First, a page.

The following demonstrates why I don't do "formal" lesson plans before my lesson. Well, this and the fact that I'm a last-minute (post-last-minute?) person. I eventually do get the plans down on paper, since I use them the following year to see what works and doesn't work.
I was introducing piecewise functions to my precalculus class. I started with an example of a power company in town and suggested that they may offer incentives to people who use less electricity, so if you use less than or equal to 500 kW per month, they charge you 10 cents per kW, and if you use more than 500 kW per month, they charge you 15 cents per kW. I then gave them the disclaimer that I had no idea how much a kW was and if this was at all reasonable. (future assignment for the class and me: find out how many minutes of light that is). Then to make sure they got it, I asked them to put on paper in calculator-ready form, how much my bill would be if I used 600 kW last month. I wasn't even thinking about the ambiguity, but a great question came up: is it 15 cents for everything since you went over, or is it only 15 cents for the 100 kW over? (we went with the 2nd option).
Then we started drawing the graph, and decided that there would be an initial service fee of $20 even if you didn't use any kW. I asked them to discuss in their groups the axes labels and what the left part of the graph would look like (before 500 kW). We also did the right side. Now here is where in the past I would have breezed through this and shown how it was piecewise and then went on with another "math-class" piecewise function to work with. But a student pipes up with, "ooh! I know the equation of the left part of the graph". This got us on the path of finding the 2 line equations, and seeing what and why the slopes are what they are, and discussing point-slope form (the forgotten quiet nice guy in the class of line equations) vs. the ever-popular-player-guy "slope-intercept" form of the line equation. We set them up and discussed that those equations go on forever, so how do we show someone where it's restricted to. We then got it into an f(x) piecewise format and worked with finding f(32) and f(701) and describing what they mean.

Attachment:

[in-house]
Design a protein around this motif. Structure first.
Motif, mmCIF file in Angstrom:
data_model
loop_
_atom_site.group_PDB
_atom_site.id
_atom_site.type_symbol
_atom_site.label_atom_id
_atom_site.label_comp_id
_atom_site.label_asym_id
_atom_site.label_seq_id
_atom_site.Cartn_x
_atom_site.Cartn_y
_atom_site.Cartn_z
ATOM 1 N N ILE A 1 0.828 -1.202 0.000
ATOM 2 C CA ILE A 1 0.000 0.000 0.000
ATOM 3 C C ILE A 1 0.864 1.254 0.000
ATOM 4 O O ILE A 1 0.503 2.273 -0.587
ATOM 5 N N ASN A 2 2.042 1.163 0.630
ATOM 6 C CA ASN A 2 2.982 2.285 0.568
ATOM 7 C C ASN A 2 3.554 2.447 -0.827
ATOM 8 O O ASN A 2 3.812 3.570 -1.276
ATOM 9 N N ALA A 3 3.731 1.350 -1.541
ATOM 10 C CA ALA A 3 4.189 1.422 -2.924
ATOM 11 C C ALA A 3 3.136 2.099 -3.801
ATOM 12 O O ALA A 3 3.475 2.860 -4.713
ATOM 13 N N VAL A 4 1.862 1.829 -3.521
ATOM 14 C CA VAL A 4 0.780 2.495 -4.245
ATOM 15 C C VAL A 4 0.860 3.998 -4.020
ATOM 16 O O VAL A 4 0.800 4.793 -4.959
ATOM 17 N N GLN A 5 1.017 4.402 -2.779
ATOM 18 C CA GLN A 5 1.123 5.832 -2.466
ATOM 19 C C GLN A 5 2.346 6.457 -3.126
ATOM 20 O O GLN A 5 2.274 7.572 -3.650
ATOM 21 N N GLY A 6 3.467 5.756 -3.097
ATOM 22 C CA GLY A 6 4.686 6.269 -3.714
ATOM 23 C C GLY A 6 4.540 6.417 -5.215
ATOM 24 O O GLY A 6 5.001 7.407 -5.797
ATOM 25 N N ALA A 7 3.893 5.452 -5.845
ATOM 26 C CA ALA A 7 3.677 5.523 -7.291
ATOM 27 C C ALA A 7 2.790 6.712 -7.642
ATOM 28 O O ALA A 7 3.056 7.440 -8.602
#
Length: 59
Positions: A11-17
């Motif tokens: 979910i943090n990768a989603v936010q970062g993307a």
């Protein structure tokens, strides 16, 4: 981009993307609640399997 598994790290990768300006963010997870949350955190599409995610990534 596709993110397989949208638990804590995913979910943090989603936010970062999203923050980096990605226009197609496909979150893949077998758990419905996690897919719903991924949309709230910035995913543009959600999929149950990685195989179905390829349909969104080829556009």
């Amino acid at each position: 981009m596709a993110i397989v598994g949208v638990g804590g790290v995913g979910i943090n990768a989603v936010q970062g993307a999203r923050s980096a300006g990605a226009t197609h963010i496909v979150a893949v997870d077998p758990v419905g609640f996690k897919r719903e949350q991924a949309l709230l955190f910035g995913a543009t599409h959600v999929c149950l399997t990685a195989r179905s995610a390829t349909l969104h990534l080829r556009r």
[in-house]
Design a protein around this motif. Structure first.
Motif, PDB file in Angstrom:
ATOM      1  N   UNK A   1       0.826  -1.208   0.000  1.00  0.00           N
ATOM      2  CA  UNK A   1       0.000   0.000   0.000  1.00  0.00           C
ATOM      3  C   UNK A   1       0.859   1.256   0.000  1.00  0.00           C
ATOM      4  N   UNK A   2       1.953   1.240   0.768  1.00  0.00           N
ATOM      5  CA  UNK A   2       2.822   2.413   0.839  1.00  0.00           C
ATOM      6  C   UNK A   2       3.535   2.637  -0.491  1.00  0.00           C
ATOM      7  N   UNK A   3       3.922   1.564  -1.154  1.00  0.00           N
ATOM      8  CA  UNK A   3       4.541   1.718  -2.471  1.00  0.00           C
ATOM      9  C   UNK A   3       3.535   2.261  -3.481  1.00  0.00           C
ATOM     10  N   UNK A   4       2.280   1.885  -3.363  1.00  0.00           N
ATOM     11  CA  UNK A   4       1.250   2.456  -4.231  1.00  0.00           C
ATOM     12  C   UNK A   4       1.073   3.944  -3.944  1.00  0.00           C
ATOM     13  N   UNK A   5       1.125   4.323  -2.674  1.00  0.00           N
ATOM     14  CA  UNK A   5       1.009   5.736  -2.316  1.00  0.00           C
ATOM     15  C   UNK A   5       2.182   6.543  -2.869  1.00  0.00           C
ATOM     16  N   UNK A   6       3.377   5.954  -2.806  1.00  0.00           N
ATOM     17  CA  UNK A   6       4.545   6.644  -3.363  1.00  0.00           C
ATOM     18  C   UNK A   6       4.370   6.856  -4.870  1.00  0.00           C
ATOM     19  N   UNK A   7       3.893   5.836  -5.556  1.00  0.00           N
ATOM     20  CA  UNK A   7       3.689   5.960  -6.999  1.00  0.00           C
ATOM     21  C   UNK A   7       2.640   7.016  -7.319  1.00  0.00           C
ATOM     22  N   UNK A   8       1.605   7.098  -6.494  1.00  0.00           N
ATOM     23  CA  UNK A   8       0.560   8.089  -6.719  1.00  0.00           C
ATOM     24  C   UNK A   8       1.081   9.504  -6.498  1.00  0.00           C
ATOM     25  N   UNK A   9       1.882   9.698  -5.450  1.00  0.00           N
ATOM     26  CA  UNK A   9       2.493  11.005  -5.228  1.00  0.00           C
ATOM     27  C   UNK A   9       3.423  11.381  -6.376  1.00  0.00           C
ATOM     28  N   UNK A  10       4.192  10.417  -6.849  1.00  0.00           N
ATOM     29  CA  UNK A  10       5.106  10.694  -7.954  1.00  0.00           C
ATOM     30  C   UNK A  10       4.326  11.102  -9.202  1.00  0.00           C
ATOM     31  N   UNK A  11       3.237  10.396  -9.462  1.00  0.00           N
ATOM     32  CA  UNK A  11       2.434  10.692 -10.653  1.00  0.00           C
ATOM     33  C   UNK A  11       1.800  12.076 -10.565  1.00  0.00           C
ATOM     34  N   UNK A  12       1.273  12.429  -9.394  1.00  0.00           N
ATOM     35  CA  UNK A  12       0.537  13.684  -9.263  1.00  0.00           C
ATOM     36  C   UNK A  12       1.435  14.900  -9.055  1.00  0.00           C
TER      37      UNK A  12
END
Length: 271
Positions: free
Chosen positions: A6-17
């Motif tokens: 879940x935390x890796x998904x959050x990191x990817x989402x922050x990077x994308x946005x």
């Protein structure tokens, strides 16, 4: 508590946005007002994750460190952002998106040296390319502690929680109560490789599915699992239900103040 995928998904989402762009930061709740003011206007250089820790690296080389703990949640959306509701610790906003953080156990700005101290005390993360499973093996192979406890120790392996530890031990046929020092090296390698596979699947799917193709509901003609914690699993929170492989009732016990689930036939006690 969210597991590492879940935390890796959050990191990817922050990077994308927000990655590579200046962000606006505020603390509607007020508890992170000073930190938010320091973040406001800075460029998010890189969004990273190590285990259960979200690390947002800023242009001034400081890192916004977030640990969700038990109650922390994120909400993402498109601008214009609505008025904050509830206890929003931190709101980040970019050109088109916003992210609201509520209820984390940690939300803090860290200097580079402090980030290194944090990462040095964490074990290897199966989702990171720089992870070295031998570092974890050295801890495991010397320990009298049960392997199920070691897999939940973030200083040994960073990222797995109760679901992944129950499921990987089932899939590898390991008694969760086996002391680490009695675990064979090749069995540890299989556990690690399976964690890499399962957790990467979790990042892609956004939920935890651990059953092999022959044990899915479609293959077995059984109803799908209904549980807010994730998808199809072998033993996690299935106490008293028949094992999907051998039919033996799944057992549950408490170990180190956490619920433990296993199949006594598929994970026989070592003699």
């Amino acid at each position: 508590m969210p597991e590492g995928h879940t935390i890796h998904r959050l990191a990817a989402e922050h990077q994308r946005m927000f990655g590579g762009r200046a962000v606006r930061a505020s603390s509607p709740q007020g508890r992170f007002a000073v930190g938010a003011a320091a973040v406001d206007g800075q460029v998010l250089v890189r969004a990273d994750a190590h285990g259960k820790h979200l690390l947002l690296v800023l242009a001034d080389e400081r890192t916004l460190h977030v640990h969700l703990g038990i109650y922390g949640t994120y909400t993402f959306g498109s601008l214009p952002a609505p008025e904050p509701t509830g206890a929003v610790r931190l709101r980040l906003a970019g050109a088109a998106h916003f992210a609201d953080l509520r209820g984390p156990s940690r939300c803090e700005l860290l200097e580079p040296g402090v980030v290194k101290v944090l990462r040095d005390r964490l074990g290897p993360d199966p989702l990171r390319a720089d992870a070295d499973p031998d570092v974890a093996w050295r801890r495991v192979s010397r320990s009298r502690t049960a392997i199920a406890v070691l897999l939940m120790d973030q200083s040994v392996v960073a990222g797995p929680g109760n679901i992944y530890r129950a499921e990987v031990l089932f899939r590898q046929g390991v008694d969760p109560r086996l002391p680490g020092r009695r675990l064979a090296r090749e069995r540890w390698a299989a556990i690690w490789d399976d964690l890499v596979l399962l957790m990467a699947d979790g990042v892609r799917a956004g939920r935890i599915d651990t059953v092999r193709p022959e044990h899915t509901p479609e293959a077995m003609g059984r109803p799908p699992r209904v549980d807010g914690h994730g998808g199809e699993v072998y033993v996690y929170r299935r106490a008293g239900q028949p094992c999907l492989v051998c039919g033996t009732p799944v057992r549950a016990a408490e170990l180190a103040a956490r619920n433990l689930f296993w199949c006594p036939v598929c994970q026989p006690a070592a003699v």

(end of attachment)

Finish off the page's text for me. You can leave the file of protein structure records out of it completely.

Yea! For unexpected improvements to my as-yet-unwritten lesson plans.